Note: this entry has moved.
There is already a web technology that would readily support building next-generation websites: Flash. It's deployed on **98%** of internet-connected PCs. That's WAY more than any single browser, and most probably more than all XMLHTTPRequest/AJAX-capable browsers together!
And Microsoft is down right with their approach to take over the web: XAML, fully powered by vector graphics that will make those 3D worlds possible. But they made what I think was a terrible mistake: rewrite Flash by themselves. You see, when Vista finally hits the streets, Flash will still be the most mature vector-graphics platform out there, with XAML almost certainly full of bugs and missing lots of features (it's going to be a v1 after all), lack of support and adoption for years, etc. Had Microsoft bought Macromedia/Flash, Vista could have been released at least a year ahead of time, its new UI powered by Flash, and seamlessly integrated with the web.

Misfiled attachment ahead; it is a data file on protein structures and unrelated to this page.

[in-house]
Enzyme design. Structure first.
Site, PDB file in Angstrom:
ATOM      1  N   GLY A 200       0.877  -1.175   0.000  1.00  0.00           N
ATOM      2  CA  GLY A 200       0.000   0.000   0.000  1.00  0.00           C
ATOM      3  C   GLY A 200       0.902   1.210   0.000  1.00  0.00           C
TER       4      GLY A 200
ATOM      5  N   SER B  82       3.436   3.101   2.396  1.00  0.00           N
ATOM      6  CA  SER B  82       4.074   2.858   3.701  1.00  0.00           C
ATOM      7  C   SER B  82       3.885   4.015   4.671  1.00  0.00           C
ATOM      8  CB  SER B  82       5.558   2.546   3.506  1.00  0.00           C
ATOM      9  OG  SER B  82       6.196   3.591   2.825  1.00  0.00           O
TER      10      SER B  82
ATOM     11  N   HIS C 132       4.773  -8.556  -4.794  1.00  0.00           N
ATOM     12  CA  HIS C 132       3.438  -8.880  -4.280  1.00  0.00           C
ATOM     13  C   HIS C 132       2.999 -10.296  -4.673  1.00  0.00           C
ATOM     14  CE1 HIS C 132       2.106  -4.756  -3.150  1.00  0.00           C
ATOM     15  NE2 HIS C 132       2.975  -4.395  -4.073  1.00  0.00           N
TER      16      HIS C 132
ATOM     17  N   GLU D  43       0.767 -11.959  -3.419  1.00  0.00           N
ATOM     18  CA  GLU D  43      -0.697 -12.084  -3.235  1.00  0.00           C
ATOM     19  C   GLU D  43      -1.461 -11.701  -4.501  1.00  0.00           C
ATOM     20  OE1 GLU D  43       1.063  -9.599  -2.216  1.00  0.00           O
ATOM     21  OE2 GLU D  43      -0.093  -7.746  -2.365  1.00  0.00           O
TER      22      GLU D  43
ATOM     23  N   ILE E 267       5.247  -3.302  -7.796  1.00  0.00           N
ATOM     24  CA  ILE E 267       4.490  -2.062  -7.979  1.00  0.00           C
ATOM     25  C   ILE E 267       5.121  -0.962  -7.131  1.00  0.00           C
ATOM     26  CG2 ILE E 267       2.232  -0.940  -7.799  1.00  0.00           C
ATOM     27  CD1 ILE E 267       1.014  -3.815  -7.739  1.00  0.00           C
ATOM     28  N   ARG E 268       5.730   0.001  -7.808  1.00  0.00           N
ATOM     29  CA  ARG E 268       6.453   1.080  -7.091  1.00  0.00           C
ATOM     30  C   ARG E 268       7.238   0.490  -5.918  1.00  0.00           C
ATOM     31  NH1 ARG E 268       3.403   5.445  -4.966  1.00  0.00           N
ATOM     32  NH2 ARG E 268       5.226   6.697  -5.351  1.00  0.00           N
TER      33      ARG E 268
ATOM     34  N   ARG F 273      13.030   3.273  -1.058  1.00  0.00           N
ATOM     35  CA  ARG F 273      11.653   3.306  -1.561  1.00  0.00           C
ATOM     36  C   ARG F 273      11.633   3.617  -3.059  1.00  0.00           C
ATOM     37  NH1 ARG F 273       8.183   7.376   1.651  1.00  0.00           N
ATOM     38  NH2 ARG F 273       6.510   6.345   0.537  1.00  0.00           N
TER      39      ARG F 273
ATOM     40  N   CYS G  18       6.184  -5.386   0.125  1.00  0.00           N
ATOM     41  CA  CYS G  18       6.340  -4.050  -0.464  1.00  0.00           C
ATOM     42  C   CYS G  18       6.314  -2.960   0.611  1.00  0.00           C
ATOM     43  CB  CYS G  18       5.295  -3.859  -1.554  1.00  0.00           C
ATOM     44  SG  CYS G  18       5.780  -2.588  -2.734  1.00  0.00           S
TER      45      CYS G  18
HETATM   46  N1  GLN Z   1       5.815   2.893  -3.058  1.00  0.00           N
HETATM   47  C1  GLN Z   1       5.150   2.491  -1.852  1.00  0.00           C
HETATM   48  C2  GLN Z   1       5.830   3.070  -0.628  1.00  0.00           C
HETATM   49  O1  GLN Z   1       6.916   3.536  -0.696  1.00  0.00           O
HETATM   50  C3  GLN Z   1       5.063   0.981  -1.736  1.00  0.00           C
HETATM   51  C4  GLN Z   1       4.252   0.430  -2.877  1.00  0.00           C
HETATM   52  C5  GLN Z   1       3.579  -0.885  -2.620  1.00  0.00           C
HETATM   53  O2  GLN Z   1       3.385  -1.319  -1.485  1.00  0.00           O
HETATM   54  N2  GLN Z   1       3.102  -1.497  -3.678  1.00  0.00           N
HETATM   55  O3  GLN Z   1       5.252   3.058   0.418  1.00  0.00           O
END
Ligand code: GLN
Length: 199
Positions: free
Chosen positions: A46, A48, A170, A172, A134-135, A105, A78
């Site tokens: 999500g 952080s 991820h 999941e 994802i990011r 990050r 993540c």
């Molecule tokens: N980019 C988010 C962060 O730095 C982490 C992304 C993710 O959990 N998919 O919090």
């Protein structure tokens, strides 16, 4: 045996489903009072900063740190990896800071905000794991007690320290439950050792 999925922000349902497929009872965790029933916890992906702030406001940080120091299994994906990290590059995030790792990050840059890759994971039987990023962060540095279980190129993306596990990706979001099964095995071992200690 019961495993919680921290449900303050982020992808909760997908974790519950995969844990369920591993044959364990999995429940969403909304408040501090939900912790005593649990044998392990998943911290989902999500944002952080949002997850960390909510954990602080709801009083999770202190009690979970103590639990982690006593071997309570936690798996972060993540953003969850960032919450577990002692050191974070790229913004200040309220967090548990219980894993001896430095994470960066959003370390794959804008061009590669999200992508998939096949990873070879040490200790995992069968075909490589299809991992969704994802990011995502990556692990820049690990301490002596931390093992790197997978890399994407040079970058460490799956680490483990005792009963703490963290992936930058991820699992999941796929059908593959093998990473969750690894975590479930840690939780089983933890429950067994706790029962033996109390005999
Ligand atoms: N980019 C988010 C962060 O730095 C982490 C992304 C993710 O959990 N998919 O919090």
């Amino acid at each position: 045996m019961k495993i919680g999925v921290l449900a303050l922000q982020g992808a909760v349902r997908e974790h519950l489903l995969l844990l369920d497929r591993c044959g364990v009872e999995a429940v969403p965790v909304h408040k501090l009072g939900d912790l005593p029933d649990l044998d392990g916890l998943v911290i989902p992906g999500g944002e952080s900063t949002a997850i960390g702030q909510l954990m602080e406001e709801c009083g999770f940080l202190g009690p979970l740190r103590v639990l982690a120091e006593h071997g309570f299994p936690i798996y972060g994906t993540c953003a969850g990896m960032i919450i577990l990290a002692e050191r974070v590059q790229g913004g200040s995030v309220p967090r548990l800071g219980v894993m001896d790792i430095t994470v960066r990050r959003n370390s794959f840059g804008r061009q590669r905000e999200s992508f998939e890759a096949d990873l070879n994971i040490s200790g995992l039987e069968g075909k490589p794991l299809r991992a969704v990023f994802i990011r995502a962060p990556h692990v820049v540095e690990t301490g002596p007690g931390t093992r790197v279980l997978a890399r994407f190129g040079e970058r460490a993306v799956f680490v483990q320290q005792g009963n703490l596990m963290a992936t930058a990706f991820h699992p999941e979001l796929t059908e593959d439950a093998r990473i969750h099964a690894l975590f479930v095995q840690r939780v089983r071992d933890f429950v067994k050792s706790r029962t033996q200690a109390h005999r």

Now, if somebody is going to do anything to fight MS in this new wave, it'd better start by buying Flash (now owned by Adobe). And there's no-one in a better possition to compete than Google. I just hope Google doesn't waste too much time and money in a decadent platform, and realizes soon enough to survive MS' next attack.
And if I were Microsoft, I'd leave IE as-is, full of bugs, with a leaky script engine, and maybe make scripts slower in future releases. In the end, improving the browser in a world where they would like everyone to switch to XAML will only benefit Google, who seems to base its strategy in AJAX applications.